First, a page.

In an urgent plea to restore our connection to the world before it's too late, Booker prize-winning writer Richard Flanagan recently wrote the novel Living Sea of Waking Dreams, a magical realist tale set against the backdrop of the Australian bush fires. Meanwhile, Seven Steeples by Sara Baume, an "astonishing prose poem", tells the story of a couple who withdraw completely from city life , retreat to the foot of a mountain in the remote countryside, and lose themselves in their rugged surroundings.

The re-wilding of the mind is viewed from a different perspective in Merlin Sheldrake's hit non-fiction book Entangled Life: How Fungi Make our Worlds, Change our Minds and Shape our Futures. In this deep dive into the world of fungi, the author explores how the organisms have influenced contemporary philosophy, and how, in the "anarchic" way they grow and connect with each other and other organisms, they represent a highly sophisticated "more than human world".

Sheldrake sees how fungi lives as a model for humans: "Fungi have changed my understanding of how life happens. These organisms make questions of our categories, and thinking about them makes the world look different." Like fungi, he writes, "we are ecosystems that span boundaries and transgress categories. Our selves emerge from a complex tangle of relationships." How, the book asks, can we be more like fungi?

Entangled Life also explores how humans have engaged with fungi in various ways, from farmers to herbalists and cultivators growing hallucinogenic psilocybin at home, and it highlights the recent mainstreaming of psilocybin therapy, which, it has been suggested, is able to "reset the depressed mind". The winner of the Wainwright Prize, Entangled Life has been a surprise global hit for the debut author.

It is essential for us to remember that we are part of nature, that whilst nature needs us, we also need nature – Mya-Rose Craig

And out in June is the much anticipated memoir Birdgirl by Mya-Rose Craig, a 20-year-old  ornithologist, environmentalist and diversity activist. So far in her life, Craig has seen more than 5,000 types of bird, half of the world's species, across all continents of the globe. "It's a memoir about my childhood birding around the world," she tells BBC Culture. "And my love of these tiny creatures which are such a central part of my being, my family, and coping with mental illness within it. It's hugely personal." Birdwatching for her is the "thread running through the pattern of my life," she says.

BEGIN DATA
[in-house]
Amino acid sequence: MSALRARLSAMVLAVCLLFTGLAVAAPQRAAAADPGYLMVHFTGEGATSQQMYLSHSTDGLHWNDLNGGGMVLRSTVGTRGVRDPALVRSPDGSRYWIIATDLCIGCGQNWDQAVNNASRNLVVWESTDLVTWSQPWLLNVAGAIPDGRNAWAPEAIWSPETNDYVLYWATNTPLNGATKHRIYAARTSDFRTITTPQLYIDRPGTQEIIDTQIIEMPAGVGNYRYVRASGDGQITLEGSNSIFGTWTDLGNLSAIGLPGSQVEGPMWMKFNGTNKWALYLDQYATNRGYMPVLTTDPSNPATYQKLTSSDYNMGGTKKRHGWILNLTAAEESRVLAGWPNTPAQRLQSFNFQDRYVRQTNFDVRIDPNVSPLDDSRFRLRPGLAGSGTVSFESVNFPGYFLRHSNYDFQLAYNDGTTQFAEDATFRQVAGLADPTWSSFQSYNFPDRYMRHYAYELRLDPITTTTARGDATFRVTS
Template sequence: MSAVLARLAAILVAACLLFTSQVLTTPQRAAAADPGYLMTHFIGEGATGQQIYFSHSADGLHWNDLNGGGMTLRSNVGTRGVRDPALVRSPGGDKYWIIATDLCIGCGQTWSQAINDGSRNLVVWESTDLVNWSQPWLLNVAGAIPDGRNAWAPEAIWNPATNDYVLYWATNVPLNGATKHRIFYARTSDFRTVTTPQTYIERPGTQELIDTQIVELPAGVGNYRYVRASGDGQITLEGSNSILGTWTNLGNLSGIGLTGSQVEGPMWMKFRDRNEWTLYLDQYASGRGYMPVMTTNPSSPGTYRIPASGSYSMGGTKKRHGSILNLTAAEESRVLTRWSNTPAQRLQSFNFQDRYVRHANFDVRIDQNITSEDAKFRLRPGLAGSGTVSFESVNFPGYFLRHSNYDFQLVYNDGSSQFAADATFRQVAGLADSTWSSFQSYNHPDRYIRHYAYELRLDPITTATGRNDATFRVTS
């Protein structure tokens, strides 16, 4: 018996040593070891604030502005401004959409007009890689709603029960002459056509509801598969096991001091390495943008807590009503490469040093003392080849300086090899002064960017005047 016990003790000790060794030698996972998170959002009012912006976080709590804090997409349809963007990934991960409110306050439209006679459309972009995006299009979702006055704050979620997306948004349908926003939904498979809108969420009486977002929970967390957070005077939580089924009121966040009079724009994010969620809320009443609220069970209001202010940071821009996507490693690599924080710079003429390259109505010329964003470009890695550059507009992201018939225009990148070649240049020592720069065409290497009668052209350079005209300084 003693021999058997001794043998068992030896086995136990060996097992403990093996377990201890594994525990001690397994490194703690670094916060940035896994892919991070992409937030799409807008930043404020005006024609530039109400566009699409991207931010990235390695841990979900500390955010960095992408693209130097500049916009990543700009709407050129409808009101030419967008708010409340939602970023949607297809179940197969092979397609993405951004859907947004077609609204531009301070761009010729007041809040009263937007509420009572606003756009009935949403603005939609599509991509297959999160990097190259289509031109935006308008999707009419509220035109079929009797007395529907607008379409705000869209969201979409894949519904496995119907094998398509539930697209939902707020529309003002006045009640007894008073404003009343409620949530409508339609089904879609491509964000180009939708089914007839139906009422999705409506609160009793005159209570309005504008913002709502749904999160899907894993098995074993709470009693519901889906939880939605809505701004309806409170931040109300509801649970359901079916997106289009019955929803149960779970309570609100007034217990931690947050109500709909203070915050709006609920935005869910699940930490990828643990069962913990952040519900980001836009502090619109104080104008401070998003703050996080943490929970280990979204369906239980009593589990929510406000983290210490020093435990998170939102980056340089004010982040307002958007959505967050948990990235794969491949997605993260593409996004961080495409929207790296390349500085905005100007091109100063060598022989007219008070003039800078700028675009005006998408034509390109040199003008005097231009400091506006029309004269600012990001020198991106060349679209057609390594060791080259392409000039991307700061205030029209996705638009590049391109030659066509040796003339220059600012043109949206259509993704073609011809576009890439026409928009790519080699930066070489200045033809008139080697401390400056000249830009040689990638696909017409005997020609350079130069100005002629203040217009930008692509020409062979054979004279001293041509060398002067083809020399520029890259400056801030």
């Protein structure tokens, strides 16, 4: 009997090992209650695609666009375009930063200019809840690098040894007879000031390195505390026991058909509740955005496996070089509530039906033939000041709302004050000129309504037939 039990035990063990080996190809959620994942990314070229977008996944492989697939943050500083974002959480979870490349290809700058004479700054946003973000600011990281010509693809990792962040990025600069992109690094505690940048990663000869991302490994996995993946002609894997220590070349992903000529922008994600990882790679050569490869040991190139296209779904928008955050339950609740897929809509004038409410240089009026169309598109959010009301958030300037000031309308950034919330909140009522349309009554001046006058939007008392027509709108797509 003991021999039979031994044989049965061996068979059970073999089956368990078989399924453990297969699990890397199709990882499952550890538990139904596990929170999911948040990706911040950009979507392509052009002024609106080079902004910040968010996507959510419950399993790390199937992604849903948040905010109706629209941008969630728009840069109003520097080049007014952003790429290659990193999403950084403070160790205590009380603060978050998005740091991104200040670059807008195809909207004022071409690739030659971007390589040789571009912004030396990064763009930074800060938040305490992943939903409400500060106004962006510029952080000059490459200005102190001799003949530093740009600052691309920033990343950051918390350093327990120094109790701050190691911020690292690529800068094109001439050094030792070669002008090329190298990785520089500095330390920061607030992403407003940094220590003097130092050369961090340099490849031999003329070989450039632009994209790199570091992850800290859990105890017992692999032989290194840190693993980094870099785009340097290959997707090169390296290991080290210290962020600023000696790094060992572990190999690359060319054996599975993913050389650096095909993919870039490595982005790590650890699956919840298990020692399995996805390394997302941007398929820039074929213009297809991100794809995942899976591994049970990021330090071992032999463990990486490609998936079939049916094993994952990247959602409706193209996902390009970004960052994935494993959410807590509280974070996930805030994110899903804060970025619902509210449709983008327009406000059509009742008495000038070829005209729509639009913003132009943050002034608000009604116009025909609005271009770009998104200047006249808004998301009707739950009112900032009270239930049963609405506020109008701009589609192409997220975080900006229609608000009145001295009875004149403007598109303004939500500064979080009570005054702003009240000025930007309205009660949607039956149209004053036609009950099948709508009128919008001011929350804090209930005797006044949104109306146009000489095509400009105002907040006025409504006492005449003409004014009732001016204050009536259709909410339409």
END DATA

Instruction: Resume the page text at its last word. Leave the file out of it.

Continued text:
A strong connection with birds inspired the memoir Birdgirl by ornithologist and environmentalist Mya-Rose Craig (Credit: Getty Images)

A strong connection with birds inspired the memoir Birdgirl by ornithologist and environmentalist Mya-Rose Craig (Credit: Getty Images)

The memoir explores how each bird sighting is a step towards the author finding her own voice, as well as a step in her family's challenging journey. Each new bird spotted is also a "moment of peace" amid the turmoil of her mother's worsening mental health crisis. Craig is also the founder of Black2Nature, an organisation that runs camps, workshops and campaigns to make the nature conservation and environmental sectors ethnically diverse. "At my nature camps," says the British-Bangladeshi author and campaigner, "I teach the children about nature engagement, how it makes them feel and how they can use that to be more resilient and be able to overcome problems."